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Rappaport leaves behind a ‘solid Library to host meetings foundation,’ board president says of Sussex County ‘cousins’ Continued from page one

have to take it.” The Robert Wood Johnson University Hospital is a 600-bed facility. In this year’s U.S. News and World Report’s ranking of America’s best hospitals, it was among the top 50 for heart surgery and treatment of respiratory disorders. The American College of Surgeons’ Commission on Cancer rated the hospital as among the nation’s best comprehensive cancer centers. Rappaport took over the reins at Nanticoke Oct. 29. In an interview shortly after his arrival in Seaford, he said that financial difficulties at the hospital, and the opportunity to right them, were part of what attracted him to the job. In the last three years, including the fiscal year that ended June 30, the hospital has lost money, $1.1 million in 2006 and $1.8 million in 2007. Brown was unable to say what the loss was in 2008. “We have not received our final audited statements so I cannot release a number,” he said. This year, the hospital is on track to end with a surplus of about $1 million, Brown said. “Mark’s leadership has been important in placing Nanticoke on a solid foundation on which we can build,” said Robert Boyd, president of the hospital board. “We are in a much better position today as a

The Laurel Public Library and the Sussex County Genealogy Society are forming a new roundtable group to address connections between Sussex County families. The group, called Sussex County Cousins, will meet to share their genealogical research, compare notes on families and help each other unravel the puzzles of our ancestors and how they are related to each other. This informal group is not intended to be a how-to instruction for beginning genealogy, but rather a means of discovering other people who are researching branches of the same family trees. However, “cousins” new to genealogy research are welcome to join.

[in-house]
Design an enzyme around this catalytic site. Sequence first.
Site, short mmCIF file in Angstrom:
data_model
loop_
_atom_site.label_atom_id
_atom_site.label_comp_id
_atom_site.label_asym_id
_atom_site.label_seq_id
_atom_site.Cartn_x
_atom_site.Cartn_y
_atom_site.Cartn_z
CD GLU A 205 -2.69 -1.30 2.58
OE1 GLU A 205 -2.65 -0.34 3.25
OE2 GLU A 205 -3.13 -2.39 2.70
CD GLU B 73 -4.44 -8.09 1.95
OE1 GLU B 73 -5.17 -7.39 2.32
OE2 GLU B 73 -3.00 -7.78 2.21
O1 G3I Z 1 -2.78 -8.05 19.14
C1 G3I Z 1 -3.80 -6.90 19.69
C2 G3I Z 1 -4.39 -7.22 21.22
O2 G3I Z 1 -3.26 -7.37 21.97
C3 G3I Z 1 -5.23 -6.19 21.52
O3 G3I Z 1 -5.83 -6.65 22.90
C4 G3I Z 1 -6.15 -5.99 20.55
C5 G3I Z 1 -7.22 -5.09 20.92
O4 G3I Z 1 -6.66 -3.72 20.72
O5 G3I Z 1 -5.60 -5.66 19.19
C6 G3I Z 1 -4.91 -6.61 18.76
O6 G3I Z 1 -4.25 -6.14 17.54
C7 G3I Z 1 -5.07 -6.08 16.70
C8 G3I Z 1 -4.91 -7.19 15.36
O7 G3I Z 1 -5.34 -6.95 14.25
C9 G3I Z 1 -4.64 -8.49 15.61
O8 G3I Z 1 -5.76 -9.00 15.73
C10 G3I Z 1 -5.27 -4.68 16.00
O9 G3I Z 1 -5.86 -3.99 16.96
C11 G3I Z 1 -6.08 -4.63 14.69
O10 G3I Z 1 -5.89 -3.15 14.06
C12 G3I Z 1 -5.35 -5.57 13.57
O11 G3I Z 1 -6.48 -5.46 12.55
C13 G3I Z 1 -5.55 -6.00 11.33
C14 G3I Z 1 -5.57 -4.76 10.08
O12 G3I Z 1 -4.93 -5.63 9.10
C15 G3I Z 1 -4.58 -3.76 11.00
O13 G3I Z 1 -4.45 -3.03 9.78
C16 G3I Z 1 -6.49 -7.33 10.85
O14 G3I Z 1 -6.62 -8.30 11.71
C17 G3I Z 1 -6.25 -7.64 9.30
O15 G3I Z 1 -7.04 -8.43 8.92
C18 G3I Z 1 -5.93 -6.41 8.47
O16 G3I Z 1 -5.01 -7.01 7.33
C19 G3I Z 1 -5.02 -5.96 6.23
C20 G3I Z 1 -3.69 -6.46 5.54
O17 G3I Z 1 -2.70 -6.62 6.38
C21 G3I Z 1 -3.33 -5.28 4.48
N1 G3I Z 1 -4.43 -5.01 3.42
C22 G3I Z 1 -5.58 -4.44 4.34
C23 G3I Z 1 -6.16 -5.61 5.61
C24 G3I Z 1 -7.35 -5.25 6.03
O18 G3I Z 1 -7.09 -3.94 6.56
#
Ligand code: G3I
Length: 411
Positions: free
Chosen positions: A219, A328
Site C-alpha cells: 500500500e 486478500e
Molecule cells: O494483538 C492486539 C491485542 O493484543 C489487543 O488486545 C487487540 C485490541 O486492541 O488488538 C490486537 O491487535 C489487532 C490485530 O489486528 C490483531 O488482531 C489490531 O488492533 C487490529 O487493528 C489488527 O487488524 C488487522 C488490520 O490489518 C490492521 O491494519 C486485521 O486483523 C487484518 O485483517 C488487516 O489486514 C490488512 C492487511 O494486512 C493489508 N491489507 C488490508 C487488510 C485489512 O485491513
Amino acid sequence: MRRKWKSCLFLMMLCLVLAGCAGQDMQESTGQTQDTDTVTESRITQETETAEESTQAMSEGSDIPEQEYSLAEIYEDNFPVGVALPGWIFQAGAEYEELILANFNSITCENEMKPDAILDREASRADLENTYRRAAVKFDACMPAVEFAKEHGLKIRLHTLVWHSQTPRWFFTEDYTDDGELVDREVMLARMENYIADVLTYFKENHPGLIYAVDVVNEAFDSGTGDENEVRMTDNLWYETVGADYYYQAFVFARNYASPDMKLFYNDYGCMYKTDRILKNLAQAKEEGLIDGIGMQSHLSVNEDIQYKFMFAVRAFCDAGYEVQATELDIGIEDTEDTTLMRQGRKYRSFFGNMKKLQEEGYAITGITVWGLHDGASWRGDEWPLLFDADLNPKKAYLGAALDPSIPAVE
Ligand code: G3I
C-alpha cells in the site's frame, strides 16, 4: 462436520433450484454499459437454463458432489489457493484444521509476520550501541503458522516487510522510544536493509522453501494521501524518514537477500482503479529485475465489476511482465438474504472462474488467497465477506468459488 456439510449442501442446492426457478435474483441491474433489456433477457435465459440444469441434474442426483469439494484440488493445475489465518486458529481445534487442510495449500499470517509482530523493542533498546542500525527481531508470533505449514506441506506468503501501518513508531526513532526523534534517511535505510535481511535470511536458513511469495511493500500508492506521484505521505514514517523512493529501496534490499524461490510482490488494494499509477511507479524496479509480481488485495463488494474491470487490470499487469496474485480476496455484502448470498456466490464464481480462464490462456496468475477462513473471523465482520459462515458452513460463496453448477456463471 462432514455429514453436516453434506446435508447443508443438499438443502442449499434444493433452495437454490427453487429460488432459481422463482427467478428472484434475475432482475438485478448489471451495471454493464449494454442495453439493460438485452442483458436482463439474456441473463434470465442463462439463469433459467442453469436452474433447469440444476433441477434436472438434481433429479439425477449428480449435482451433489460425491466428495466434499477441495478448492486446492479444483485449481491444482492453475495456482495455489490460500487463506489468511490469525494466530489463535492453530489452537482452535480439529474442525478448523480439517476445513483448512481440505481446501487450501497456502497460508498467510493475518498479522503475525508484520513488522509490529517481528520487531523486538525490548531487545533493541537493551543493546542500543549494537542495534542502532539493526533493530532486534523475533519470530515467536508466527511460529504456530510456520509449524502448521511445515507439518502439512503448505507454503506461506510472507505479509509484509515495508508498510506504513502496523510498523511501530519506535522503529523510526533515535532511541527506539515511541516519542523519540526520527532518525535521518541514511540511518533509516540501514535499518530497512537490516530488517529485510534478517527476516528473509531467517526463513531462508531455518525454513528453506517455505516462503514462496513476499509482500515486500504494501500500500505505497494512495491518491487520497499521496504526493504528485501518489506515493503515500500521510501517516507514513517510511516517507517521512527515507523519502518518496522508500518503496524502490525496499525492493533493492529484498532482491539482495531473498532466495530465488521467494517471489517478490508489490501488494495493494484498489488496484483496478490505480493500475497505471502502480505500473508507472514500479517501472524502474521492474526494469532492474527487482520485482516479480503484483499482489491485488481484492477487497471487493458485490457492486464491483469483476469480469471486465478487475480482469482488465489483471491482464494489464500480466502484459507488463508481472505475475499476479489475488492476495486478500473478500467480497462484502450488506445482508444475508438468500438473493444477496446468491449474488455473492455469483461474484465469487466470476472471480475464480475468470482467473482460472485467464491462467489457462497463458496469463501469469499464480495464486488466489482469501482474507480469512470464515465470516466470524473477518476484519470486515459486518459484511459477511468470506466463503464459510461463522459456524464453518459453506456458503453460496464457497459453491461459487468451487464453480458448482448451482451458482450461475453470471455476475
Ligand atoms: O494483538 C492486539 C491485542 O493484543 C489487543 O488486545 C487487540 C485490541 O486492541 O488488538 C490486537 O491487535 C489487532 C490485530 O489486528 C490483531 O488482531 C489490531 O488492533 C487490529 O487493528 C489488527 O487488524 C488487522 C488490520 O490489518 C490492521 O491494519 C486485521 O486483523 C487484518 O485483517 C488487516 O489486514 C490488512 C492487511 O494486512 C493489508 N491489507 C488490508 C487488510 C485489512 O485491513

The first meeting will be held at the Laurel Public Library at 1 p.m. on Wednesday, Sept. 24, in the Carpenter Community Room. After participants introduce themselves and the families they are researching, library staff will give an overview of the Delaware and Family History Collections at Laurel Library and how they, along with the available electronic databases, can be best used in Sussex County genealogy research. The meeting will last approximately one hour but the library remains open until 8 p.m. for those wishing to do more research. For details, email Norma Jean Fowler at or call 875-3184.

Center still waiting on federal funds Continued from page one

Mark Rappaport

result of his efforts.” Brown said that a search committee has already been formed to look for Rappaport’s replacement.

any way. Duncan designed a schedule so that all services continued uninterrupted. “It was a struggle to fill everything in,” she said. “But it was worth it. We weren’t looking at the little picture. We were looking at the big picture. There are people who need what we do five days a week, and we didn’t want to see them suffer.” But the senior center isn’t out of the

woods yet. Some of its funding, for its transportation and for its adult day-care program, comes from the federal government. That budget is due to be finalized by Oct. 1. “We have requested our federal funding, and we are waiting for that to come back, to see what it is,” Duncan said. The center has about 500 members. It serves up to 100 people a day, including its homebound meal program.

September 4, 2008_L